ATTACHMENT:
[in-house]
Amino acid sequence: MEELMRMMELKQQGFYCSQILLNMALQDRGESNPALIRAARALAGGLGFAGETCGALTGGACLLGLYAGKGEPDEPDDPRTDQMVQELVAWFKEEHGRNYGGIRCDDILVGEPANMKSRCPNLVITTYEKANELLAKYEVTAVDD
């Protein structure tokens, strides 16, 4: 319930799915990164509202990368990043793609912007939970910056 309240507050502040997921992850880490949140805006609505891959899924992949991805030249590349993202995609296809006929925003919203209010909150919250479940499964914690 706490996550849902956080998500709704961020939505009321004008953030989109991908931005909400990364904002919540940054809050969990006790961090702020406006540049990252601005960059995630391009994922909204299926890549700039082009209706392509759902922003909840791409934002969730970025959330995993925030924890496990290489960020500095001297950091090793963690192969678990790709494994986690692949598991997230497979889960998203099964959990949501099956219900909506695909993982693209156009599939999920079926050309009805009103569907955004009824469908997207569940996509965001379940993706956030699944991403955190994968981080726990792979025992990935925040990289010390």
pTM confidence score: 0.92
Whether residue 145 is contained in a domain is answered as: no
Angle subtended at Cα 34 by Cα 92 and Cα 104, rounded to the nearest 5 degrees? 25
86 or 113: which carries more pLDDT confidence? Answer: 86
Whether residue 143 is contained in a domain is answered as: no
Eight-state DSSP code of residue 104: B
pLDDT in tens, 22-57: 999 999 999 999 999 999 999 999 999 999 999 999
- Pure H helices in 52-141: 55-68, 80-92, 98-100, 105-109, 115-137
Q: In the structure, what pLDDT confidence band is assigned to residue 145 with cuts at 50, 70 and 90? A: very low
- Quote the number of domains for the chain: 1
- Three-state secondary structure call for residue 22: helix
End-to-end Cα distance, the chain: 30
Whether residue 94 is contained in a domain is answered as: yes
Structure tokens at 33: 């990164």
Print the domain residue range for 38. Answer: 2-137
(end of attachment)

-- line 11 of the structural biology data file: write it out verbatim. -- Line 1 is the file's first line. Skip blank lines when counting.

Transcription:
- Pure H helices in 52-141: 55-68, 80-92, 98-100, 105-109, 115-137